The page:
Scoreboard and large-scale video display manufacturer Daktronics (NASDAQ: DAKT) reported fourth-quarter results early on Wednesday morning. As is often the case for small-cap companies that sell a relatively small number of high-priced items, Daktronics' results can be very lumpy and this report showed plenty of evidence for that thesis. A significant revenue shortfall paired up with relatively fixed operating costs, resulting in a deeper pool of red ink on the bottom line.
Daktronics' first-quarter results: The raw numbers
Net income (loss)
GAAP earnings (loss) per diluted share
Data source: Daktronics.
What happened with Daktronics this quarter?
The company's operating expenses came in 1.5% below the year-ago quarter's and the cost of goods sold declined by 4.6%. Those tighter belts couldn't stop operating losses and negative bottom-line earnings from falling deeper into the red since top-line sales evaporated faster than Daktronics' costs.
The Wall Street consensus had been calling for a net loss of $0.04 per share on sales in the neighborhood of $142 million. Daktronics fell far short of these estimates.
In the fourth quarter, Daktronics' commercial sales increased by 10% year over year and transportation revenues rose by 6%. Both of these segments also recorded year-over-year growth in order bookings, led by a 48% jump in transportation-related orders.
Live events equipment saw sales fall 19% while order volumes came in 13% lower. High school park and recreation revenues stopped 7% below the year-ago period's tally while that division's order book turned out 10% thinner.
International sales fell by 25% but order bookings rose by 12%.
Daktronics' total order backlog now stands at $202 million, up from $168 million three months ago and $171 million at the end of fiscal year 2018.
Image source: Getty Images.
What management had to say
In a prepared statement, Daktronics CEO Reece Kurtenbach focused on what worked in fiscal year 2019.
"As we entered into fiscal 2019, we focused on winning more orders and maintaining our product release velocity. We achieved both," Kurtenbach said. "Our order volume was the third highest level in our company's history, even though we had fewer multimillion-dollar projects as compared to other record years."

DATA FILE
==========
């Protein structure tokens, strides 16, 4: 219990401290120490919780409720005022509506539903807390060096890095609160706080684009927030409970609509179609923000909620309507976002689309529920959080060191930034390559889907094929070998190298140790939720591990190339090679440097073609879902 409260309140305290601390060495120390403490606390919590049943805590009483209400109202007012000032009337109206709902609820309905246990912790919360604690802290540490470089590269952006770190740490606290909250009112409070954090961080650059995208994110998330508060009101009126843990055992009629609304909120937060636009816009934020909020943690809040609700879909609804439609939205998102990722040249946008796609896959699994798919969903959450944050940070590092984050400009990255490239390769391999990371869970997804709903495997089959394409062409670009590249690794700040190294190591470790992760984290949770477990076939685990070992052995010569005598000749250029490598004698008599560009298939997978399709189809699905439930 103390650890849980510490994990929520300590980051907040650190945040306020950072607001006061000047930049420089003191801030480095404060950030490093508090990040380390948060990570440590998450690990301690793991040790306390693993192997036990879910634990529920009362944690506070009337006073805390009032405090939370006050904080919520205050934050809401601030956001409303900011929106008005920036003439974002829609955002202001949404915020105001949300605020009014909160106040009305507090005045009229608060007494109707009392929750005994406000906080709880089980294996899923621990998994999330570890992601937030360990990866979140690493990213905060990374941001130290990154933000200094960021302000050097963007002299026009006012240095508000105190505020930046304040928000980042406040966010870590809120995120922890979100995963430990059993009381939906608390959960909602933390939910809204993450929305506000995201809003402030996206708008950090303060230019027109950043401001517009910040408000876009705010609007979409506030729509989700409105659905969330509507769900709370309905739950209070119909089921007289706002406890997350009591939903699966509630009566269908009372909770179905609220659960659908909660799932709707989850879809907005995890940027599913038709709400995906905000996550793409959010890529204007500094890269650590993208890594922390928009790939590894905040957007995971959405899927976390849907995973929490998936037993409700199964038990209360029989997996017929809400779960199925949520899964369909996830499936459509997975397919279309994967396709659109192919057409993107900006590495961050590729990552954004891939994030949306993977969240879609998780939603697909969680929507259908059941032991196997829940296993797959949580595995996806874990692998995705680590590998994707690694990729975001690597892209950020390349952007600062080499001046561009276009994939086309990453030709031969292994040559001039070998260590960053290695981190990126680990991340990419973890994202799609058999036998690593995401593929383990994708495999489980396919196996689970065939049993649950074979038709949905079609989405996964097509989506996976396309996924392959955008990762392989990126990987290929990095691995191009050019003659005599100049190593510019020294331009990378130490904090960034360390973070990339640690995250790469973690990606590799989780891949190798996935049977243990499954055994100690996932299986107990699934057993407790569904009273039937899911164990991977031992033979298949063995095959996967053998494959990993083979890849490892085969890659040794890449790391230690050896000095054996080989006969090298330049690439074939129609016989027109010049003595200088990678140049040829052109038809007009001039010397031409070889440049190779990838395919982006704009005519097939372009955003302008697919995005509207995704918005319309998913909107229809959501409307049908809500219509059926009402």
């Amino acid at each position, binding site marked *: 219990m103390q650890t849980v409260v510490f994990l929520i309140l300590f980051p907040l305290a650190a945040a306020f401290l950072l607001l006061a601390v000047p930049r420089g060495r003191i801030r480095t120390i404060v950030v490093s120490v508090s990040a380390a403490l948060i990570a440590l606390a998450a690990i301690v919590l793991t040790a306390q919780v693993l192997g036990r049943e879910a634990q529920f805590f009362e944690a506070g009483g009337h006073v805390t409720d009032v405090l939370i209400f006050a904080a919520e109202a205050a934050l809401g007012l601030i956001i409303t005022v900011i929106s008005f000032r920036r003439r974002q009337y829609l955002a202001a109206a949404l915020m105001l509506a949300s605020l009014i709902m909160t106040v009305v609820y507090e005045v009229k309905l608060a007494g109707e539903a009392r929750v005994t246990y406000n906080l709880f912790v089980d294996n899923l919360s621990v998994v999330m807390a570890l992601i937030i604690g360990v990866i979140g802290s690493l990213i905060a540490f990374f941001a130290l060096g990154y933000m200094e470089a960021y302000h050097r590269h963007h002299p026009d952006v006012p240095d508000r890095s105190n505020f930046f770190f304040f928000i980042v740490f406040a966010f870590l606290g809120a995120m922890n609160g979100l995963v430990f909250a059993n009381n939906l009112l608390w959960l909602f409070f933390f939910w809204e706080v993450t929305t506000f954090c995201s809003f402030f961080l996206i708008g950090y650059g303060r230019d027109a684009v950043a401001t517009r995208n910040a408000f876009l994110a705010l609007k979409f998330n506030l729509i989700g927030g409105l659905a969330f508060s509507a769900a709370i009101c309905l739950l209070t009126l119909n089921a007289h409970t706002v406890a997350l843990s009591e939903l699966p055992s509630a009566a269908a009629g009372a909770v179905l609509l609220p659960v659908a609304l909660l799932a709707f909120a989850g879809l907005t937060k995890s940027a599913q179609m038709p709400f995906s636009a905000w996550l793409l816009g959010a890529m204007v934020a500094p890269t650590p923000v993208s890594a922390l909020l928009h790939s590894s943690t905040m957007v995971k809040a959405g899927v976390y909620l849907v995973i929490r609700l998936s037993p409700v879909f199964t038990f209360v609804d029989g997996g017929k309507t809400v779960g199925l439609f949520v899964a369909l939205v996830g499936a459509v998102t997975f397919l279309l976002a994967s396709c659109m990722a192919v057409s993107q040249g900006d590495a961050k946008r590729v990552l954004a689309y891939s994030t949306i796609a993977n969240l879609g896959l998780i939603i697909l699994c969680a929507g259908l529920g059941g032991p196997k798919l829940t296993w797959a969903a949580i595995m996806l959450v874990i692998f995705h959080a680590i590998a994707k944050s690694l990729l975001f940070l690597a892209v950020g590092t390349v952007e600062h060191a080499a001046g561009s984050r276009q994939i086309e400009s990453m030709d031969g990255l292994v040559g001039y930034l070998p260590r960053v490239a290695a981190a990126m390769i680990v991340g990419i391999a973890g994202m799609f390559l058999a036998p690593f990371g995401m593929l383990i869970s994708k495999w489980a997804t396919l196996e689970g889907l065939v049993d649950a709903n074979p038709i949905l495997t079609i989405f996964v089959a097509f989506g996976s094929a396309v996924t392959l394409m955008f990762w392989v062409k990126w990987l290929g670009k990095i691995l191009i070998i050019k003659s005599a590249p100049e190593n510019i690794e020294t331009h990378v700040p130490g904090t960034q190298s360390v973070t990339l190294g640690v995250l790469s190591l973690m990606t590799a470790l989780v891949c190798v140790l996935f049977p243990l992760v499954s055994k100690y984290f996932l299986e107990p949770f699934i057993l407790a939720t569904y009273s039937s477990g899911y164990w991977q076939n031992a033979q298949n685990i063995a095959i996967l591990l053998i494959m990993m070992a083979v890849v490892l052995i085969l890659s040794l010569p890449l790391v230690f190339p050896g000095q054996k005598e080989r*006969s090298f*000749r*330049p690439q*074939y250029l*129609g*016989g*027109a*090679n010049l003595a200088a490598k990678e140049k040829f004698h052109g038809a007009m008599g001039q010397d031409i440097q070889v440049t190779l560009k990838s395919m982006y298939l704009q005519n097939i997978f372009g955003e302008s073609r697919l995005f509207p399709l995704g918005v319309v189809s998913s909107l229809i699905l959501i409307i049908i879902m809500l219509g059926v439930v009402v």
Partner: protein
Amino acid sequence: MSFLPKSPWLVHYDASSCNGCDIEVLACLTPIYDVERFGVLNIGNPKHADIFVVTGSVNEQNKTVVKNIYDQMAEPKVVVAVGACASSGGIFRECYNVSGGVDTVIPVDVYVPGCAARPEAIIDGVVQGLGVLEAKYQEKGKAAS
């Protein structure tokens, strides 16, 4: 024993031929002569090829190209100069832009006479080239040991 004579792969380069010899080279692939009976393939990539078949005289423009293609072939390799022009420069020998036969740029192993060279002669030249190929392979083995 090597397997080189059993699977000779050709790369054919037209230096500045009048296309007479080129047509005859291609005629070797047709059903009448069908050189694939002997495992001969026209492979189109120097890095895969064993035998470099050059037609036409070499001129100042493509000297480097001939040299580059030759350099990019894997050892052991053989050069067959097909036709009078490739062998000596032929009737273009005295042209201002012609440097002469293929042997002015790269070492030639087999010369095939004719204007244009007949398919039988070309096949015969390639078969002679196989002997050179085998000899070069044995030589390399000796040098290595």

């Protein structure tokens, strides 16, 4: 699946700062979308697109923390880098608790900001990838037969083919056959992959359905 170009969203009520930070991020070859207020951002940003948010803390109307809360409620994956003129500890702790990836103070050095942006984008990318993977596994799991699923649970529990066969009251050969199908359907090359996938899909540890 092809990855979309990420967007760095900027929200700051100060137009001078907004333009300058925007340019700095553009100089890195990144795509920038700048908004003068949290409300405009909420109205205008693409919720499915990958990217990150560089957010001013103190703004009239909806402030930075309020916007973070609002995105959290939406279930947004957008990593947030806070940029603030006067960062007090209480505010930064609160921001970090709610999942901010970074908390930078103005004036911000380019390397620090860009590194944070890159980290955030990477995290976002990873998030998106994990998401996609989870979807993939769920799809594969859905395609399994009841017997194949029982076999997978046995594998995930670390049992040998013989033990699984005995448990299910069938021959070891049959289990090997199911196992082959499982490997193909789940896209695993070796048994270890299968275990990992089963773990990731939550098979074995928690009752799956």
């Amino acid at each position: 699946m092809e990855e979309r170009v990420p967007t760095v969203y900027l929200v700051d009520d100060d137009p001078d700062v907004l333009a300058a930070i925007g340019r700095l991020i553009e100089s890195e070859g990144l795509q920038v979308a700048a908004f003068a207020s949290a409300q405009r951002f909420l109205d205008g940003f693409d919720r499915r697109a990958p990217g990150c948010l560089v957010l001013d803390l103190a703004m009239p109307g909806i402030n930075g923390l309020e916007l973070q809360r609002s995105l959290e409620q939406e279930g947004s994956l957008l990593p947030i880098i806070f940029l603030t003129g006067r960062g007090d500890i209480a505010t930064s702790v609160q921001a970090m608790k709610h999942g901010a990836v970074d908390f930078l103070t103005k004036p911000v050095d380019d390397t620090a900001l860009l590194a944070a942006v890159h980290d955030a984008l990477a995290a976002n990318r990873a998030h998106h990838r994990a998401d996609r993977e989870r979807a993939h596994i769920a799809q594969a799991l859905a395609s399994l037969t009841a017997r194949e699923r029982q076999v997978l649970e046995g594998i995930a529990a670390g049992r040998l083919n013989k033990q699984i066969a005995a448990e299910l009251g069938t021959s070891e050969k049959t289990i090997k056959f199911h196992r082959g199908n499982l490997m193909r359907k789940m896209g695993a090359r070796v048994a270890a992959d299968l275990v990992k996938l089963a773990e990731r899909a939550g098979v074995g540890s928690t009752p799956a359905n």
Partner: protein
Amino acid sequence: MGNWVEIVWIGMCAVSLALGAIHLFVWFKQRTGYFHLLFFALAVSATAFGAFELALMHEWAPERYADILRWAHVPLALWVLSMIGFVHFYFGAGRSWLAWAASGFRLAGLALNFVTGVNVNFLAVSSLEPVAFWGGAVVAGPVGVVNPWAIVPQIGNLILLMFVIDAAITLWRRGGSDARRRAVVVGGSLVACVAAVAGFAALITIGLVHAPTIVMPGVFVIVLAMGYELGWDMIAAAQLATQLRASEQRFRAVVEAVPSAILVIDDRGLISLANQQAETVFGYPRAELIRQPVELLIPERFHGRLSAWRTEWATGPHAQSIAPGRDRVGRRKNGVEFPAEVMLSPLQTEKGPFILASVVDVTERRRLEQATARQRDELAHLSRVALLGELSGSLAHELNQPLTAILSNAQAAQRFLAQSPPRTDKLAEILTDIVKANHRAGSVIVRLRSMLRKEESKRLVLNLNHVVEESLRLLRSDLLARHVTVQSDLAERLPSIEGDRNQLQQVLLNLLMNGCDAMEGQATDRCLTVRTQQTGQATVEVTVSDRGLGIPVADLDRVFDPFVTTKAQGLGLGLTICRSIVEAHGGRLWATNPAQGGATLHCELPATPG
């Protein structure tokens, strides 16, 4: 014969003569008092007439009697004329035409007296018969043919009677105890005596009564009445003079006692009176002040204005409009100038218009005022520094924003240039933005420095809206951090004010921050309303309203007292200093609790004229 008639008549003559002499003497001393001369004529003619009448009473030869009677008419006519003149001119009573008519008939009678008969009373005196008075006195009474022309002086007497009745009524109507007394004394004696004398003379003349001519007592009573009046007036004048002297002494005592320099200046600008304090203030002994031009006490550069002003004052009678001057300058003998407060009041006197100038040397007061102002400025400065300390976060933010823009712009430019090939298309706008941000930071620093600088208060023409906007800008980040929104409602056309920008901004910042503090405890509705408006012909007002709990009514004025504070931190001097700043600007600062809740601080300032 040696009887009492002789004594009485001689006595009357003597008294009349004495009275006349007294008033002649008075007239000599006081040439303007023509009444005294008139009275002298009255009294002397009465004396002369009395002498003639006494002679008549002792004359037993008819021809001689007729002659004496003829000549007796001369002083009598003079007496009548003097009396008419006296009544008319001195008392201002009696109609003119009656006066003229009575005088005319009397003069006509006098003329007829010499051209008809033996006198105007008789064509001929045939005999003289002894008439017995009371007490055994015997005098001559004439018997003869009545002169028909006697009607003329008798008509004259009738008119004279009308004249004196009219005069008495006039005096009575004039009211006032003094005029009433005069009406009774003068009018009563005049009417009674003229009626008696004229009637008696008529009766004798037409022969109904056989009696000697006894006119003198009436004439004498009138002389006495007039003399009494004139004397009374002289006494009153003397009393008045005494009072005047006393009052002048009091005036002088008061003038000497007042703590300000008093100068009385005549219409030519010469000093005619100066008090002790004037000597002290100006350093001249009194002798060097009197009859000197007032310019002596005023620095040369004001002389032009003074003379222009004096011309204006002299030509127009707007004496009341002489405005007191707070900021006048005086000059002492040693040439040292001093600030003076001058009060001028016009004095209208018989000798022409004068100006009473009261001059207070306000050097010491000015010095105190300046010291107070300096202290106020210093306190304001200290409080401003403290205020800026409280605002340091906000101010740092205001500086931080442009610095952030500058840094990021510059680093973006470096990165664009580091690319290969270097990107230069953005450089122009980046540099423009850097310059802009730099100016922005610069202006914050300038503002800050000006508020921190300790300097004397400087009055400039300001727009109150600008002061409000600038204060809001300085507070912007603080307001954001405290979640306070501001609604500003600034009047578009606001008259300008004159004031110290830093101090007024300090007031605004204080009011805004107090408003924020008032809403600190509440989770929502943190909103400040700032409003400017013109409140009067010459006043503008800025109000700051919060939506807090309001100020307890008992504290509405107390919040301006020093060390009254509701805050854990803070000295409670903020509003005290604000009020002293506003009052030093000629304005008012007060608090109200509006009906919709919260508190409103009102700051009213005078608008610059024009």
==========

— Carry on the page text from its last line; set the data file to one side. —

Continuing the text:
Daktronics' management kept a stiff upper lip regarding the company's growth prospects, doubling down on the long-term optimism they signaled three months ago.
"The current global tariff and trade environment continues to create cost headwinds on commodity and components used in the production of our solutions in the U.S. market," Kurtenbach said in a prepared guidance statement with strong echoes of the third-quarter report's business forecast. "Over the long-term, we believe the situation will stabilize and we will continue to work to minimize the impact."
Kurtenbach also added some color commentary on how the growing order backlog helps his company overcome the current climate of heavy macroeconomic headwinds:
"This backlog along with our broad and innovative product and technology portfolios, our global customer base, the replacement cycles in our business, and the continued market adoption of digital solutions positions us for growth," he said. "During fiscal 2020, we will continue to serve a growing global customer base in commercial, sports and government markets. Our focus in product development continues to remain on new technologies and advanced manufacturing techniques."
As a longtime Daktronics shareholder myself, I'm familiar with the company's unpredictable quarter-by-quarter results. Meanwhile, free cash flows were still positive in the fourth quarter and the balance sheet looks solid. I see no reason to exit my Daktronics position in a blind panic here, at least not if you have the patience to ride this storm until the Chinese-American trade war is resolved.
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